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Jared Dillian
Traders Magazine Online News

Was it Worth It?

In this piece from 10th Man, author Jared Dillian discusses how the ETF revolution is less about ETFs and more about indexing; about how people have come to view stocks less as stocks and more as blobs of stocks.

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October 19, 2006

Trade-Through Exemption Set for Contingent Trades'

By Gregory Bresiger

Traders can ignore the Securities and Exchange Commission's new trade-through rule when executing a so-called "contingent trade."

That's the gist of a recent SEC order exempting certain qualified contingent trades from the Rule 611 trade-through provisions of the new Regulation NMS.

Contingent trades are those with two or more sides. Typically, they involve a stock and a derivative; a stock and another type of security issued by the same company; or the stocks of two different companies involved in a merger.

In other words, the successful trade of one security is contingent upon the successful trade of the other. Achieving that success can mean not altering the pricing dynamics of the marketplace.

The SEC granted the exemption on the advice of the trading committee of the Securities Industry Association. The SIA argued that contingent trades contribute to the stability of the marketplace, but would become an endangered species if traders had to comply with Rule 611 when handling them.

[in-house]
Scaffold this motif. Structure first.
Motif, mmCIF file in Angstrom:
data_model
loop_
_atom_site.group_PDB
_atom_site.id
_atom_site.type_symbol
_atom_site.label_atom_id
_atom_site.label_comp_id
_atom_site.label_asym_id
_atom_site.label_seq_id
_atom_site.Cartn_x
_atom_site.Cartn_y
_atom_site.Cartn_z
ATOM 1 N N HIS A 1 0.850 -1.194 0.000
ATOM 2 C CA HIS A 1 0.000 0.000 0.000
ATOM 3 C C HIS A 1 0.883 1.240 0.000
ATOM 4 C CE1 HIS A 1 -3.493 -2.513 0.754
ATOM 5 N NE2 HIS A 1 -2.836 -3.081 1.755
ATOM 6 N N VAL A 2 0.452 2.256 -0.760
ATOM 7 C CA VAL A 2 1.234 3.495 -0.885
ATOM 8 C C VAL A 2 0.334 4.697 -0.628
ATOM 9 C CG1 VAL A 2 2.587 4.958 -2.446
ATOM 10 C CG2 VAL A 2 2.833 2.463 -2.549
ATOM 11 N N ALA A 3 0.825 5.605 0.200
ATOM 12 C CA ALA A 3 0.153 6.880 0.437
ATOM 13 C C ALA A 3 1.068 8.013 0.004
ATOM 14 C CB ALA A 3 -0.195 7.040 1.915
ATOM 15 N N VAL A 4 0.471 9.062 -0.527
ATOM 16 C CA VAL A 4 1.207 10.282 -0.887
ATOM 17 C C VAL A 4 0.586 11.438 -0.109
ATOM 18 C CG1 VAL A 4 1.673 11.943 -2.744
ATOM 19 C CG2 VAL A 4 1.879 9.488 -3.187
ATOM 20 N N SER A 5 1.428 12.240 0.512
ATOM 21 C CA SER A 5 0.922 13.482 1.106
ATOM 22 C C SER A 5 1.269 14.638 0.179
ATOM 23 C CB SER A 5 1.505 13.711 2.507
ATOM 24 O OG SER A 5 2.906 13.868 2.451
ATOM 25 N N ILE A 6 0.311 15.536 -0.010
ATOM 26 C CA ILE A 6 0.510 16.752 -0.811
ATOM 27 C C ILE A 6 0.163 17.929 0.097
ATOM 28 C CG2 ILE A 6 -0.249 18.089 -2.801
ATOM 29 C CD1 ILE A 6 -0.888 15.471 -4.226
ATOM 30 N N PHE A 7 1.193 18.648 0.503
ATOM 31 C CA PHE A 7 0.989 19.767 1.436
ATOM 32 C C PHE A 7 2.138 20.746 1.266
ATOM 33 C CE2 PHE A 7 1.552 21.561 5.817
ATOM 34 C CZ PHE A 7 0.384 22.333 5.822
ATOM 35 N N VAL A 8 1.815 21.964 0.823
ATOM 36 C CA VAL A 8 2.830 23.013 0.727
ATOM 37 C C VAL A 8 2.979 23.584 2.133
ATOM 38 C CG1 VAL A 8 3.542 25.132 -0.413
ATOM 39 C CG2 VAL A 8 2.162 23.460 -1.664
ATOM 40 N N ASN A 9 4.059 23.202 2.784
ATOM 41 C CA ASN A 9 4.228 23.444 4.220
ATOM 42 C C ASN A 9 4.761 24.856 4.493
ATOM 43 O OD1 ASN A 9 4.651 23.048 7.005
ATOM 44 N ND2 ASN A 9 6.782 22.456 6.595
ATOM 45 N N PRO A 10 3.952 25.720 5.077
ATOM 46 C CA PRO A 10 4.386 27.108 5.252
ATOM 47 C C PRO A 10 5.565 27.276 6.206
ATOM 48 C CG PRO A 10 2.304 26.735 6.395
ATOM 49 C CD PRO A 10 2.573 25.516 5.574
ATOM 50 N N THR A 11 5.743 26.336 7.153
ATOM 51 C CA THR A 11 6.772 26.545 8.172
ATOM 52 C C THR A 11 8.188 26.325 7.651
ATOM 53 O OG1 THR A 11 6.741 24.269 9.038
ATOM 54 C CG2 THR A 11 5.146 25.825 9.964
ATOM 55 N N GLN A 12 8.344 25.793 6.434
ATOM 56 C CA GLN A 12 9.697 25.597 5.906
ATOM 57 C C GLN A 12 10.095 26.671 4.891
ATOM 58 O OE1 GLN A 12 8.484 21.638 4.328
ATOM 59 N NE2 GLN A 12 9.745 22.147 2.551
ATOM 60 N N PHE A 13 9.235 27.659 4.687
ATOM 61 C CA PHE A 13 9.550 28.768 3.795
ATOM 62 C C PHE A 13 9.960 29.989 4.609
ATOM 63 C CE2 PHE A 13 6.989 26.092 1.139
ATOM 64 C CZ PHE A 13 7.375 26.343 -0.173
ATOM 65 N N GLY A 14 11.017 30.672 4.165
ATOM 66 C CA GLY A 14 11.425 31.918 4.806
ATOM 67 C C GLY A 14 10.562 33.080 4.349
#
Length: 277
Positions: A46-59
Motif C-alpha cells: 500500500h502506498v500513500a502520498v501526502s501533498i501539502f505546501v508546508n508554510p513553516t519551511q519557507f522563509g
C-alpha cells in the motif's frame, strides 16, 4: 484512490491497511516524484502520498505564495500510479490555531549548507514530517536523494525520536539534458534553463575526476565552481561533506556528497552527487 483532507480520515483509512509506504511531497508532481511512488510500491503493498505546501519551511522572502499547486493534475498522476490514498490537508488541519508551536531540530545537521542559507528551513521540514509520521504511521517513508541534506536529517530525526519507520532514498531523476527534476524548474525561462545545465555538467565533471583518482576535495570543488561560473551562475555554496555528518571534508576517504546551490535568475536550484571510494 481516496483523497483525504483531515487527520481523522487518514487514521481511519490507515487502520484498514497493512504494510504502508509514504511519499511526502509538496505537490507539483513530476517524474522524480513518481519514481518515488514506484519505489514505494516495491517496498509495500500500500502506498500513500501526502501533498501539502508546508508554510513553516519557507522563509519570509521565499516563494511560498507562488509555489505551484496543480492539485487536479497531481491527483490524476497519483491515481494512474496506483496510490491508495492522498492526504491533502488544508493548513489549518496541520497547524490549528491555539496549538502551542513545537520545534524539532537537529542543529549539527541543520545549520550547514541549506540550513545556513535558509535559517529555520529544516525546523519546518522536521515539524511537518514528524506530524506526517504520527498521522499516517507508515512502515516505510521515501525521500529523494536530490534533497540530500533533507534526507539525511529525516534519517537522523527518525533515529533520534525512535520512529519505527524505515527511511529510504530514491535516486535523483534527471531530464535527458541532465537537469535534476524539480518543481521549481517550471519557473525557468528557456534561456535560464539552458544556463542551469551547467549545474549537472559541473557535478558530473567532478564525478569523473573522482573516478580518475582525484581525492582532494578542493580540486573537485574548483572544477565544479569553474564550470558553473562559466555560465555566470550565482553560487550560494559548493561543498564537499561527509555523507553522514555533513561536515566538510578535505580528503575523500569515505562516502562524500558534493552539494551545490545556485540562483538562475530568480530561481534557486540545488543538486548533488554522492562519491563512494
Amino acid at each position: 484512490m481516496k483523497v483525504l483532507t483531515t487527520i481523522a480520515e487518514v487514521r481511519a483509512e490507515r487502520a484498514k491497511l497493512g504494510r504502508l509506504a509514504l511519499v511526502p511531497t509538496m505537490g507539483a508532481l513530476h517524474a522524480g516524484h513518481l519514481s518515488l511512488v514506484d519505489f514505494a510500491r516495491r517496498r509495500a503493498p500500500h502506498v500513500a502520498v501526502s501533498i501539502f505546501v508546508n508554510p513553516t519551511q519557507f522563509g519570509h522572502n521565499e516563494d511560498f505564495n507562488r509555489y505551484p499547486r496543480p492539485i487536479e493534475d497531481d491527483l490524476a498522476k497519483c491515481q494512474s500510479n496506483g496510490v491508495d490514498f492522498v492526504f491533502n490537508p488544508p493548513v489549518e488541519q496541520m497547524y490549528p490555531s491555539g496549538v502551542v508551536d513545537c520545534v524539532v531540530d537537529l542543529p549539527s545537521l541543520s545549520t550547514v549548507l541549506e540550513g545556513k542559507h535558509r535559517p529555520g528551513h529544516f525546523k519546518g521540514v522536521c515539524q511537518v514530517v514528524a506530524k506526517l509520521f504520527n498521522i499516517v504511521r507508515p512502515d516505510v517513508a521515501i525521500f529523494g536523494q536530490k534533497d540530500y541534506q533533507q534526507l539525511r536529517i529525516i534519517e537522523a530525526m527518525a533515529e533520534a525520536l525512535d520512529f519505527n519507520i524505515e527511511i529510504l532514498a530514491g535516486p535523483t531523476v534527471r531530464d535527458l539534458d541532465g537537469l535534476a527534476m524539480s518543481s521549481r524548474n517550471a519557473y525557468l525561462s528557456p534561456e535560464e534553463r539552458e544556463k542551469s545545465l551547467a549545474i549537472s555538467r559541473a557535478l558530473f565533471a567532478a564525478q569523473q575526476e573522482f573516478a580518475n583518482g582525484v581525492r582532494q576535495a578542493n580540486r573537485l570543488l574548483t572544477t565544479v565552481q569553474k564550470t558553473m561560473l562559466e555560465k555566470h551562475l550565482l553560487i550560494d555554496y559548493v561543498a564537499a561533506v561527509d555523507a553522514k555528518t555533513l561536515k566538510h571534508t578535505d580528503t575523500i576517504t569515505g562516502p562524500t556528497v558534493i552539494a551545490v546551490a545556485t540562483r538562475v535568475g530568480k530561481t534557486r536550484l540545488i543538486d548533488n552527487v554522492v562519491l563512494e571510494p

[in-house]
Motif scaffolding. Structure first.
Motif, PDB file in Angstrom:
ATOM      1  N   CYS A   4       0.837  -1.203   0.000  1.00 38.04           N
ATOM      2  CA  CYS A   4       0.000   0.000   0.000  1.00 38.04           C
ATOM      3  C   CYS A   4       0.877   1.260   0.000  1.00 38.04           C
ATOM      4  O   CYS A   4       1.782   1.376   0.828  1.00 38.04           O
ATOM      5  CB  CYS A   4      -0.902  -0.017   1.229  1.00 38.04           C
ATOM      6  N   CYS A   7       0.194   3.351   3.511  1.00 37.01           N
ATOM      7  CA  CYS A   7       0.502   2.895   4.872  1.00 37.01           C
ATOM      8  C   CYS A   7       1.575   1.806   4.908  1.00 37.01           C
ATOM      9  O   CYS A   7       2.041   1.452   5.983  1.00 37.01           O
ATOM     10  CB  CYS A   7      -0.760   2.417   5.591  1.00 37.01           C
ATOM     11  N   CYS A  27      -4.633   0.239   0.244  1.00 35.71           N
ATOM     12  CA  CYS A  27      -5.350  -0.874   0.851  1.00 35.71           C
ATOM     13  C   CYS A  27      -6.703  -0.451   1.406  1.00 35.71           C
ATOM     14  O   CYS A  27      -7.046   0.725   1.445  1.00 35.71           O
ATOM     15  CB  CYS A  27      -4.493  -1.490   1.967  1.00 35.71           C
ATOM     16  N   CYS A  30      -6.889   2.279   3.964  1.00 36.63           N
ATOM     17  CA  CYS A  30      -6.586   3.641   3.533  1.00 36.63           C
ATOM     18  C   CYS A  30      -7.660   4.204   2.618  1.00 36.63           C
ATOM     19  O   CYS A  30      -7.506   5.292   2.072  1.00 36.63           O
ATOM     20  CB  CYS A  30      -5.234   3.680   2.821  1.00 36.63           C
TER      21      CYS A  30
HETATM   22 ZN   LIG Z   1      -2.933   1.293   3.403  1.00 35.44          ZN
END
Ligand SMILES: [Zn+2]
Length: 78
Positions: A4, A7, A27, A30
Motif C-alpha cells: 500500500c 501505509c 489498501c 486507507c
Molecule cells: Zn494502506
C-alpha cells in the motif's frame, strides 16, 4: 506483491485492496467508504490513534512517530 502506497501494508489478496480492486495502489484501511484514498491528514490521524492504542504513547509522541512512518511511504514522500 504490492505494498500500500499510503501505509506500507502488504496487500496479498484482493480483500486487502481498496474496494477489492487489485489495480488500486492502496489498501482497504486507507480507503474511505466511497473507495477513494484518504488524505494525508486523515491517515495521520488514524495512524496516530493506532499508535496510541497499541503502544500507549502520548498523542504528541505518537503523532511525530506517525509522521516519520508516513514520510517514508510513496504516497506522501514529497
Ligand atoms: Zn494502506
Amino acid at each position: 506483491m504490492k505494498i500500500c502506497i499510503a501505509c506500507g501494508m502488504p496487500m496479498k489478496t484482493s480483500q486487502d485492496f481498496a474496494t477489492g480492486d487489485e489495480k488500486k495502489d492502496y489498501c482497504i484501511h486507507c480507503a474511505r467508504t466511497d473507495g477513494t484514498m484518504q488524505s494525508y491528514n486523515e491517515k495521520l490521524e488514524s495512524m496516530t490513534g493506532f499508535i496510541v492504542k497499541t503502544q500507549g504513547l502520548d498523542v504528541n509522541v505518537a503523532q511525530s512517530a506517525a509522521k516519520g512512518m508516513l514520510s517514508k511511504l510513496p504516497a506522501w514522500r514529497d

The SEC agreed, stating the two-part trade could become "too risky and costly to be employed successfully if they were required to meet the trade-through provisions."

Rule 611 generally prevents traders from executing their trades at prices inferior to those posted in the marketplace. They must first take out those better-priced quotes.

Doing so could change the economics of a contingent trade though. The transaction could be thrown "out of hedge" the SEC decided, making it less attractive to the broker-dealer.

Indeed, said Andy Madoff, an SIA Trading Committee member, the trade exemption was very important in protecting these kinds of trades

"Without the trade-through exemption, dealers would have been more hesitant to accept these kinds of trades," Madoff added. Trades would become too risky and costly for all concerned, he said. Customers would back off because dealers might be unable to commit capital, which would remove liquidity from the market.

Rule 611 is to go into effect in stages between February and October 2007.